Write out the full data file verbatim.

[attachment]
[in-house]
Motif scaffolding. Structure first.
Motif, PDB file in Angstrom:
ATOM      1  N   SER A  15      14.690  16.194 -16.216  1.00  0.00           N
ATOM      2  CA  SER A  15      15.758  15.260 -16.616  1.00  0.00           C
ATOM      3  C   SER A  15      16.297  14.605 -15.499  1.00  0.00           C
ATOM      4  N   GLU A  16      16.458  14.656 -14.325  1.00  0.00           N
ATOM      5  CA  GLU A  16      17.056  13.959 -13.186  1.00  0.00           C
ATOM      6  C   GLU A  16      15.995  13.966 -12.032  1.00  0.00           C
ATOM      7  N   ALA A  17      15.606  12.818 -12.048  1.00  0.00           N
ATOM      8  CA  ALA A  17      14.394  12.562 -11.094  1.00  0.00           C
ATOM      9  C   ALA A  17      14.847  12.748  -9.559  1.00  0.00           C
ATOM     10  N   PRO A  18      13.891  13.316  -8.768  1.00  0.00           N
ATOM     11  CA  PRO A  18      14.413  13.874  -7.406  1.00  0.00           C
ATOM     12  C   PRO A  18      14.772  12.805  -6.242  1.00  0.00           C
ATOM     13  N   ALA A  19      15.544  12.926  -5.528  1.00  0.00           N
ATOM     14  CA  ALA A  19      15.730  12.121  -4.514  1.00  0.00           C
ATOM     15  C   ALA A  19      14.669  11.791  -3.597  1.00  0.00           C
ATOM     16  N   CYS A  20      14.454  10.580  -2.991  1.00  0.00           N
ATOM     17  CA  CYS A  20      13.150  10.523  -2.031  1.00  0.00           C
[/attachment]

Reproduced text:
[in-house]
Motif scaffolding. Structure first.
Motif, PDB file in Angstrom:
ATOM      1  N   SER A  15      14.690  16.194 -16.216  1.00  0.00           N
ATOM      2  CA  SER A  15      15.758  15.260 -16.616  1.00  0.00           C
ATOM      3  C   SER A  15      16.297  14.605 -15.499  1.00  0.00           C
ATOM      4  N   GLU A  16      16.458  14.656 -14.325  1.00  0.00           N
ATOM      5  CA  GLU A  16      17.056  13.959 -13.186  1.00  0.00           C
ATOM      6  C   GLU A  16      15.995  13.966 -12.032  1.00  0.00           C
ATOM      7  N   ALA A  17      15.606  12.818 -12.048  1.00  0.00           N
ATOM      8  CA  ALA A  17      14.394  12.562 -11.094  1.00  0.00           C
ATOM      9  C   ALA A  17      14.847  12.748  -9.559  1.00  0.00           C
ATOM     10  N   PRO A  18      13.891  13.316  -8.768  1.00  0.00           N
ATOM     11  CA  PRO A  18      14.413  13.874  -7.406  1.00  0.00           C
ATOM     12  C   PRO A  18      14.772  12.805  -6.242  1.00  0.00           C
ATOM     13  N   ALA A  19      15.544  12.926  -5.528  1.00  0.00           N
ATOM     14  CA  ALA A  19      15.730  12.121  -4.514  1.00  0.00           C
ATOM     15  C   ALA A  19      14.669  11.791  -3.597  1.00  0.00           C
ATOM     16  N   CYS A  20      14.454  10.580  -2.991  1.00  0.00           N
ATOM     17  CA  CYS A  20      13.150  10.523  -2.031  1.00  0.00           C